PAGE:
by Adam Quinones Mortgage News Daily March 26, 2010
Today, as part of its ongoing commitment to continuously improve housing relief efforts, the Obama Administration announced adjustments to the Home Affordable Modification Program (HAMP) and created a new Federal Housing Administration (FHA) principal write down program.
Here is a rundown of the details….
1. Temporary assistance for unemployed homeowners while they search for re-employment
Mortgage payments reduced to affordable level for a minimum of three months, and up to 6 months for some borrowers, while eligible homeowner looks for new job. Via forbearance, month housing payment is set at 31% of monthly income while borrower is unemployed. A temporary assistance plan to be offered to unemployed borrowers. Servicers required to offer assistance to unemployed borrowers who meet specific criteria. Treasury says forbearance will not cost taxpayers anything.
2. Requirement to consider alternative principal write-down approach and increased principal write-down incentives
All servicers required to consider alternative modification approach that emphasizes principal write-down for HAMP eligible borrowers who own more than 115% of current appraised home value.
Pay for Success Structure: Alternative principal reduction allows some underwater homeowners to reduce principal balance of their mortgage in steps over three years, if they remain current on payments.
Servicers will initially treat the write-down amount as forbearance and will forgive the forborne amount in three equal steps over three years, as long as the homeowner remains current on payments
For borrowers who have already received a permanent modification, or who are in a trial modification, and are still current on payments at the time the alternative modification approach is operational (later in 2010), servicers will be required to retroactively consider extinguishing an amount of principal balance in the same amount that would have been forgiven under the new alternative approach.
Increased incentives to servicers and lenders, including increased incentives for extinguishment of subordinate liens, to encourage more short sales and other alternatives to foreclosure
3. Improvements to reach more borrowers with HAMP modifications
Improvements to borrower solicitation requirements including clear performance time frames for both servicers and borrowers
Borrowers in active bankruptcy must be considered for HAMP upon request. Allows use of bankruptcy documents to verify income.
Requires servicers to stop foreclosure actions after a borrower enters into a trial plan based on verified income.
Allows waiver of the trial period in some cases were a borrower is already performing under a bankruptcy plan.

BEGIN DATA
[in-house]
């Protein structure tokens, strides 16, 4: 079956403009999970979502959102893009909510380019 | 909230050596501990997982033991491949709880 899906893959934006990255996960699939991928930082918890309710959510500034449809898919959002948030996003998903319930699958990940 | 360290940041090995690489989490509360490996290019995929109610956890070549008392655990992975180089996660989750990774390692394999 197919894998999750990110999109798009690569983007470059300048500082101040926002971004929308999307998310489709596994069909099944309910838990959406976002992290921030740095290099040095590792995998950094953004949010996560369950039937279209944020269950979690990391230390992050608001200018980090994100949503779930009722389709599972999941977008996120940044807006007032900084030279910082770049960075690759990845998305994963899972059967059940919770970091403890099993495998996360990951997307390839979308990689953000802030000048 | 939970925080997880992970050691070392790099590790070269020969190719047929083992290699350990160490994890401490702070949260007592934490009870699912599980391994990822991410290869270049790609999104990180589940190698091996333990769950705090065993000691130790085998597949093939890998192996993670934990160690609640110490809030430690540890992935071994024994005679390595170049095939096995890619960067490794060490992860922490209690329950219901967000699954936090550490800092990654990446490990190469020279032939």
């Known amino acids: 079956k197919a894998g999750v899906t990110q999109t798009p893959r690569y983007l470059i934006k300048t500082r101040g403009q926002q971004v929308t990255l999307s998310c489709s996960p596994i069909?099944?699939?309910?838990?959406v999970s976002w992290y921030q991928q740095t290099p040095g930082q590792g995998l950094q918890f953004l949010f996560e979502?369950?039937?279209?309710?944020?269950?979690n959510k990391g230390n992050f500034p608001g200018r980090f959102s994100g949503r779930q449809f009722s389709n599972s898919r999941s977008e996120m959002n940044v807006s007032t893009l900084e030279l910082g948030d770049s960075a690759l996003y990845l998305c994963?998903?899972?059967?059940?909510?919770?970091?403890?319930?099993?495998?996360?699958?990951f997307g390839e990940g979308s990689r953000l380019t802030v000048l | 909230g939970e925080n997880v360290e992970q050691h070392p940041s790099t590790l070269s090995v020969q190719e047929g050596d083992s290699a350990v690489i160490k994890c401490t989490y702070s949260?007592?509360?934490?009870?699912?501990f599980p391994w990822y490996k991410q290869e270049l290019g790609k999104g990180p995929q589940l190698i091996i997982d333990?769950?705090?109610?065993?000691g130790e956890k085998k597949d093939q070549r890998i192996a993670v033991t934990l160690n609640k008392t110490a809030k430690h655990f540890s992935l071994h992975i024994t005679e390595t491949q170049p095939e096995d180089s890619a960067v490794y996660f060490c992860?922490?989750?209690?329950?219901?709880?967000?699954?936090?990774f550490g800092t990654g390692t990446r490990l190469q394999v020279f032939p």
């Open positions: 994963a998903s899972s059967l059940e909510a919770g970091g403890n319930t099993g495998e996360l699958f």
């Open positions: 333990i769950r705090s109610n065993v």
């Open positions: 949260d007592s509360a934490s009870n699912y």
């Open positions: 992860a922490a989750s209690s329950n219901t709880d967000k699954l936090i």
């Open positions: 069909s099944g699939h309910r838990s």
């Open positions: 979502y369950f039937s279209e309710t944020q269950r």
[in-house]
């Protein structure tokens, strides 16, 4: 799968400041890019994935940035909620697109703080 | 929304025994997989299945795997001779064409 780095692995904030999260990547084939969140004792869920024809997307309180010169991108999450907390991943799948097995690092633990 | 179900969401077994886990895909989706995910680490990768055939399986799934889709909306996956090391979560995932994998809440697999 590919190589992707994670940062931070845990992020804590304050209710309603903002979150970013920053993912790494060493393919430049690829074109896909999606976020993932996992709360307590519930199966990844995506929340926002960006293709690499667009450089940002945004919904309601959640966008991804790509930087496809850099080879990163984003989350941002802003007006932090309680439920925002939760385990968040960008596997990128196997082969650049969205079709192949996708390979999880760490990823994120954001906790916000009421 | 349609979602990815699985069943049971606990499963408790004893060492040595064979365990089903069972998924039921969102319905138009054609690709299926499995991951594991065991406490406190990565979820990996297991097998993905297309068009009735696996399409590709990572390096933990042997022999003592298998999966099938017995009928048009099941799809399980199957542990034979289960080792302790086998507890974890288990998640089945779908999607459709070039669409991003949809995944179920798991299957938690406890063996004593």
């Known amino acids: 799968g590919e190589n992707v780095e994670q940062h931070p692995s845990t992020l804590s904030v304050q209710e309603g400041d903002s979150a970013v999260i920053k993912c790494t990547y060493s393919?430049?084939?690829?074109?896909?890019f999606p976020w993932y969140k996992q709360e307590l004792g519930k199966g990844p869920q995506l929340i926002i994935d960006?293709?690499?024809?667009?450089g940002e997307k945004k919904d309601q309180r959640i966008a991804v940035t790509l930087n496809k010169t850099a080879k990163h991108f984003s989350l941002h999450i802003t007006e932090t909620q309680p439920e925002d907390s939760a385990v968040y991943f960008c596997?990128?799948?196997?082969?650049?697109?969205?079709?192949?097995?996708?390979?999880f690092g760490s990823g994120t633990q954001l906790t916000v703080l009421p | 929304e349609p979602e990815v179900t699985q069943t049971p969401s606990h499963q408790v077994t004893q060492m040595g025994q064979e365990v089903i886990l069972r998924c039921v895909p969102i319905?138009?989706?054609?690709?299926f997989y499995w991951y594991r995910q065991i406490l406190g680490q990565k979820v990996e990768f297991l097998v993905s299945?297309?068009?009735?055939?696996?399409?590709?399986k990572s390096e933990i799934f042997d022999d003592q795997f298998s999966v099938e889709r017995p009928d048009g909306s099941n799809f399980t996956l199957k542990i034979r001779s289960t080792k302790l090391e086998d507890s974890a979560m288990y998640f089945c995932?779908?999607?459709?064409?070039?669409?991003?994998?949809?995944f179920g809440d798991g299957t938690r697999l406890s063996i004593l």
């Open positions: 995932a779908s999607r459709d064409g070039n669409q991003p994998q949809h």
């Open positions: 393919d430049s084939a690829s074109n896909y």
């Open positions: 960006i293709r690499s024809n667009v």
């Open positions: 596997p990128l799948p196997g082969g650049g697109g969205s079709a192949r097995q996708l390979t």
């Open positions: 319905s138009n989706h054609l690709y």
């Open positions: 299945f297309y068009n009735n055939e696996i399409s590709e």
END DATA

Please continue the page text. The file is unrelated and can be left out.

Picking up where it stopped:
Expansion of HAMP to include homeowners with FHA loans
4. Helping homeowners move to more affordable housing
Double relocation assistance payment for borrowers successfully completing foreclosure alternative to $3,000
Help homeowners who use a short sale or deed-in-lieu to transition more quickly to housing they can afford.
Q: When will homeowners begin to receive help under the new HAMP enhancements?
It will take time to get these new program enhancements up and running. Some pieces, such as increased payments for alternatives to foreclosures, will be put in place in the coming weeks. We anticipate the full set of programs to be available by the fall.
Consumers: HERE are Frequently Asked Questions
New FHA Refinance Option for Underwater Loans
Here are the essentials of the program:
Voluntary for Lenders and Borrowers. Because lenders MUST AGREE to principal write-downs, not all underwater borrowers who meet criteria below will receive an FHA refinance loan.
Mandatory Principal Write Down: Lenders must write down at least 10% of the principal of the original first mortgage. FHA expects the average principal write-down to be significantly more than that.
New appraisal must be obtained. After principal write down, the new loan to value can be no higher than 97.75%.
2nd Mortgage holders must agree to resubordinate and write off any principal amount over 115% of current LTV
Option is available to homeowners with mortgages not currently insured by the FHA. Existing FHA-insured borrowers are NOT eligible.
As with any loan forgiveness, this short refinancing should be reflected as a negative feature on a borrower’s credit score.
Must be current on existing mortgage.
Must occupy the home as their primary residence
Must qualify under current FHA underwriting regs (after principal write down). FICO score cannot be below 500. Front Ratio 31%/Back Ratio 50%
Existing lender must agree to principal write down
To incentivize lenders and servicers to cooperate with principal write downs TARP funds will be made available up to a total of $14 billion. TARP funds will be used to provide coverage for a share of losses on loans up to a specified amount. The FHA will provide remaining loss coverage up to the maximum insurance coverage. Thus, the new lender will have a loan that is backed by the United States for up to 97.75 percent of the home value, as with other FHA refinance loans